Preventing surgical site infection. Where now?

Hdl Handle:
http://hdl.handle.net/10147/127485
Title:
Preventing surgical site infection. Where now?
Authors:
Humphreys, H
Affiliation:
Department of Clinical Microbiology, RCSI Education and Research Centre, Smurfit Building, Beaumont Hospital, PO Box 9063, Dublin 9, Ireland. hhumphreys@rcsi.ie
Citation:
Preventing surgical site infection. Where now? 2009, 73 (4):316-22 J. Hosp. Infect.
Journal:
The Journal of hospital infection
Issue Date:
Dec-2009
URI:
http://hdl.handle.net/10147/127485
DOI:
10.1016/j.jhin.2009.03.028
PubMed ID:
19700219
Abstract:
Surgical site infection (SSI) is increasingly recognised as a measure of the quality of patient care by surgeons, infection control practitioners, health planners and the public. There is increasing pressure to compare SSI rates between surgeons, institutions and countries. For this to be meaningful, data must be standardised and must include post-discharge surveillance (PDS) as many superficial SSIs do not present to the original institution. Further work is required to determine the best method of conducting PDS. In 2008 two important documents on SSI were published from the Society for Healthcare Epidemiology of America/The Infectious Disease Society of America and the National Institute for Health and Clincal Excellence, UK. Both emphasise key aspects during the preoperative, operative and postoperative phases of patient care. In addition to effective interventions known to be important for some time, e.g. not shaving the surgical site until the day of the procedure, there is increasing emphasis on physiological parameters, e.g. blood glucose concentrations, oxygen tensions and body temperature. Laparoscopic procedures are increasingly associated with reduced SSI rates, and the screening and decontamination of meticillin-resistant Staphylococcus aureus carriers is effective for certain surgical procedures but has to be balanced by cost and the risk of mupirocin resistance. Finally, there is a need to convert theory into practice by the rigorous application of SSI healthcare bundles. Recent studies suggest that, with a multidisciplinary approach, simple measures can be effective in reducing SSI rates.
Item Type:
Article
Language:
en
MeSH:
Cross Infection; Humans; Infection Control; Patient Discharge; Population Surveillance; Postoperative Complications; Surgical Wound Infection
ISSN:
1532-2939

Full metadata record

DC FieldValue Language
dc.contributor.authorHumphreys, Hen
dc.date.accessioned2011-04-06T14:16:12Z-
dc.date.available2011-04-06T14:16:12Z-
dc.date.issued2009-12-
dc.identifier.citationPreventing surgical site infection. Where now? 2009, 73 (4):316-22 J. Hosp. Infect.en
dc.identifier.issn1532-2939-
dc.identifier.pmid19700219-
dc.identifier.doi10.1016/j.jhin.2009.03.028-
dc.identifier.urihttp://hdl.handle.net/10147/127485-
dc.description.abstractSurgical site infection (SSI) is increasingly recognised as a measure of the quality of patient care by surgeons, infection control practitioners, health planners and the public. There is increasing pressure to compare SSI rates between surgeons, institutions and countries. For this to be meaningful, data must be standardised and must include post-discharge surveillance (PDS) as many superficial SSIs do not present to the original institution. Further work is required to determine the best method of conducting PDS. In 2008 two important documents on SSI were published from the Society for Healthcare Epidemiology of America/The Infectious Disease Society of America and the National Institute for Health and Clincal Excellence, UK. Both emphasise key aspects during the preoperative, operative and postoperative phases of patient care. In addition to effective interventions known to be important for some time, e.g. not shaving the surgical site until the day of the procedure, there is increasing emphasis on physiological parameters, e.g. blood glucose concentrations, oxygen tensions and body temperature. Laparoscopic procedures are increasingly associated with reduced SSI rates, and the screening and decontamination of meticillin-resistant Staphylococcus aureus carriers is effective for certain surgical procedures but has to be balanced by cost and the risk of mupirocin resistance. Finally, there is a need to convert theory into practice by the rigorous application of SSI healthcare bundles. Recent studies suggest that, with a multidisciplinary approach, simple measures can be effective in reducing SSI rates.-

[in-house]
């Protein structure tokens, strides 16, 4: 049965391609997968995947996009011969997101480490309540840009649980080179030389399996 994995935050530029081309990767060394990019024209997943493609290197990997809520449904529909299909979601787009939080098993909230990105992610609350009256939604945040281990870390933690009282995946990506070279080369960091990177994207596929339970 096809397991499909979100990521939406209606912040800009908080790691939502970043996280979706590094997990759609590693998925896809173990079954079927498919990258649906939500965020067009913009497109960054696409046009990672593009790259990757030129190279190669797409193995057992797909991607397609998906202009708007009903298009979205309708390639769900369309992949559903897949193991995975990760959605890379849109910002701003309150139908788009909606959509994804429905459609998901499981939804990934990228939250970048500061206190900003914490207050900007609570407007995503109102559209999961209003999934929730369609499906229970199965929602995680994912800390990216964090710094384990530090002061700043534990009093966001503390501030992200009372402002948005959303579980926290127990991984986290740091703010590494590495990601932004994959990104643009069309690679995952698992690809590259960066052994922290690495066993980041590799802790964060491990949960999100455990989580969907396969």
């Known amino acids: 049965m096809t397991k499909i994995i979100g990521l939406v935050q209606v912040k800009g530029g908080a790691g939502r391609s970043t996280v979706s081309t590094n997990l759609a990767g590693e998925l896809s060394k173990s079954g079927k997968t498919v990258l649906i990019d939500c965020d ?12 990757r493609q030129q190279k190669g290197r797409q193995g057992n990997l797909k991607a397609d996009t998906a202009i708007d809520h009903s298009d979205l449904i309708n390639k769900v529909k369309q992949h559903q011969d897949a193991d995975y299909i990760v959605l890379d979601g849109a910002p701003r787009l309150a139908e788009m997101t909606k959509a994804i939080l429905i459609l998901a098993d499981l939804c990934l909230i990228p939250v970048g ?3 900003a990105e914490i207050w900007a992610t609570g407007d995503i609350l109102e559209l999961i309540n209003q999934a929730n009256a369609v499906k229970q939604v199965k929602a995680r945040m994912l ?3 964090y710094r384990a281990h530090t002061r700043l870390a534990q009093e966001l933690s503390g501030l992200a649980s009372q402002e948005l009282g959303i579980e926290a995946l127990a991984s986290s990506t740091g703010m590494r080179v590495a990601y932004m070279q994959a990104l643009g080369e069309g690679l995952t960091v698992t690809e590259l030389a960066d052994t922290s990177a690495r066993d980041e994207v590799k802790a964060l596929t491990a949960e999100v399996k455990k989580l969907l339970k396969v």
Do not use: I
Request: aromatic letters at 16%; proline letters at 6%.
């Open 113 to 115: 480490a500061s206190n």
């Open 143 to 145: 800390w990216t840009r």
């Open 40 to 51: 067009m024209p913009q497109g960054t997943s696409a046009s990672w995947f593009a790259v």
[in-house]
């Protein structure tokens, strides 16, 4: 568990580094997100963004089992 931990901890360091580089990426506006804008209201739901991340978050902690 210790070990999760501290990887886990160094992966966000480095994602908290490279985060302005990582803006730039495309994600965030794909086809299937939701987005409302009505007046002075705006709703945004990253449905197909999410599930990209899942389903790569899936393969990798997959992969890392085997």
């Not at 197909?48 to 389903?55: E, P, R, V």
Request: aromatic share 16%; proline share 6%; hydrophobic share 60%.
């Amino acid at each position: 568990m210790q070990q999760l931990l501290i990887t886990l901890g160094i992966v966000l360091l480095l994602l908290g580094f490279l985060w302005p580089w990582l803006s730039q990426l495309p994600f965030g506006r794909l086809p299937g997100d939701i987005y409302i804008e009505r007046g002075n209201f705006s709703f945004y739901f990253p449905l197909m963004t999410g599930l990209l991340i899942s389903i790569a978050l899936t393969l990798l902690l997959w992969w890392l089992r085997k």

dc.language.isoenen
dc.subject.meshCross Infection-
dc.subject.meshHumans-
dc.subject.meshInfection Control-
dc.subject.meshPatient Discharge-
dc.subject.meshPopulation Surveillance-
dc.subject.meshPostoperative Complications-
dc.subject.meshSurgical Wound Infection-
dc.titlePreventing surgical site infection. Where now?en
dc.typeArticleen
dc.contributor.departmentDepartment of Clinical Microbiology, RCSI Education and Research Centre, Smurfit Building, Beaumont Hospital, PO Box 9063, Dublin 9, Ireland. hhumphreys@rcsi.ieen
dc.identifier.journalThe Journal of hospital infectionen
dc.description.provinceLeinster-

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